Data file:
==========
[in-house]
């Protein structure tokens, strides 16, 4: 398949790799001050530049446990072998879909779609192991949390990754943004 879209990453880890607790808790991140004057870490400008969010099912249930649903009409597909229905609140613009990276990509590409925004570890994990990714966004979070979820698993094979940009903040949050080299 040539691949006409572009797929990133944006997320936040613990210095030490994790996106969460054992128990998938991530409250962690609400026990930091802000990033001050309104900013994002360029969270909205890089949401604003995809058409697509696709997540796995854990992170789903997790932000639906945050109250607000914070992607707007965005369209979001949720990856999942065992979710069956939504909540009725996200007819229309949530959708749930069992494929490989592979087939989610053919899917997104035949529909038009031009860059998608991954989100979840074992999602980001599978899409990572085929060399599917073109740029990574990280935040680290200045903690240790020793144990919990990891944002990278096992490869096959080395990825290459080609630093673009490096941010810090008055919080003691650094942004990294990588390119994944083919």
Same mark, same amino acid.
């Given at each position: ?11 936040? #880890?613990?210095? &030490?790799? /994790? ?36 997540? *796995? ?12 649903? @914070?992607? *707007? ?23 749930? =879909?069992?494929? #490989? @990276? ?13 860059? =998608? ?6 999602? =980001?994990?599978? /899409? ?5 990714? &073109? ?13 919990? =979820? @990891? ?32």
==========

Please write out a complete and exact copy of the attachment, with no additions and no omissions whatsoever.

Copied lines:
[in-house]
């Protein structure tokens, strides 16, 4: 398949790799001050530049446990072998879909779609192991949390990754943004 879209990453880890607790808790991140004057870490400008969010099912249930649903009409597909229905609140613009990276990509590409925004570890994990990714966004979070979820698993094979940009903040949050080299 040539691949006409572009797929990133944006997320936040613990210095030490994790996106969460054992128990998938991530409250962690609400026990930091802000990033001050309104900013994002360029969270909205890089949401604003995809058409697509696709997540796995854990992170789903997790932000639906945050109250607000914070992607707007965005369209979001949720990856999942065992979710069956939504909540009725996200007819229309949530959708749930069992494929490989592979087939989610053919899917997104035949529909038009031009860059998608991954989100979840074992999602980001599978899409990572085929060399599917073109740029990574990280935040680290200045903690240790020793144990919990990891944002990278096992490869096959080395990825290459080609630093673009490096941010810090008055919080003691650094942004990294990588390119994944083919």
Same mark, same amino acid.
């Given at each position: ?11 936040? #880890?613990?210095? &030490?790799? /994790? ?36 997540? *796995? ?12 649903? @914070?992607? *707007? ?23 749930? =879909?069992?494929? #490989? @990276? ?13 860059? =998608? ?6 999602? =980001?994990?599978? /899409? ?5 990714? &073109? ?13 919990? =979820? @990891? ?32």